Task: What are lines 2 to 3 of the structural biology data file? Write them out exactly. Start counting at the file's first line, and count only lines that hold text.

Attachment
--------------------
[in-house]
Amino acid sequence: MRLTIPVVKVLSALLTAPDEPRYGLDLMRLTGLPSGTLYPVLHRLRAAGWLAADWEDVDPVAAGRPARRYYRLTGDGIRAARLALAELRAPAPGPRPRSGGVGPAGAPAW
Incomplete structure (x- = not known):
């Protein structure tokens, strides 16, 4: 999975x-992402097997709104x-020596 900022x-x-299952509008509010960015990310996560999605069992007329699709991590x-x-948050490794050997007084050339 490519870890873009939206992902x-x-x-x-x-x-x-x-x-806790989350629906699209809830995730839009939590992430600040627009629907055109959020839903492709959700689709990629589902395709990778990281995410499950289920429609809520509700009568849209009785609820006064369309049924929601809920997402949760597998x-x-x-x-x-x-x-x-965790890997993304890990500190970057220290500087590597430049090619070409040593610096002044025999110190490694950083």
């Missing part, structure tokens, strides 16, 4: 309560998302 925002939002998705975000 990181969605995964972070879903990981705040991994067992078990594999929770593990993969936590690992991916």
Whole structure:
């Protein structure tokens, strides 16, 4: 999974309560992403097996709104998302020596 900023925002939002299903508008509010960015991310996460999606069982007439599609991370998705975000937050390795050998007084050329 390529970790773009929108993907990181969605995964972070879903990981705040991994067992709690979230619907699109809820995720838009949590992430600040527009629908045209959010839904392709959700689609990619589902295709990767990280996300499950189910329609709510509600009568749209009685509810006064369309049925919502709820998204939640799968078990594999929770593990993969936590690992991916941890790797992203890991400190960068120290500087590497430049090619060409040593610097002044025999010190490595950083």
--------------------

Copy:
Amino acid sequence: MRLTIPVVKVLSALLTAPDEPRYGLDLMRLTGLPSGTLYPVLHRLRAAGWLAADWEDVDPVAAGRPARRYYRLTGDGIRAARLALAELRAPAPGPRPRSGGVGPAGAPAW
Incomplete structure (x- = not known):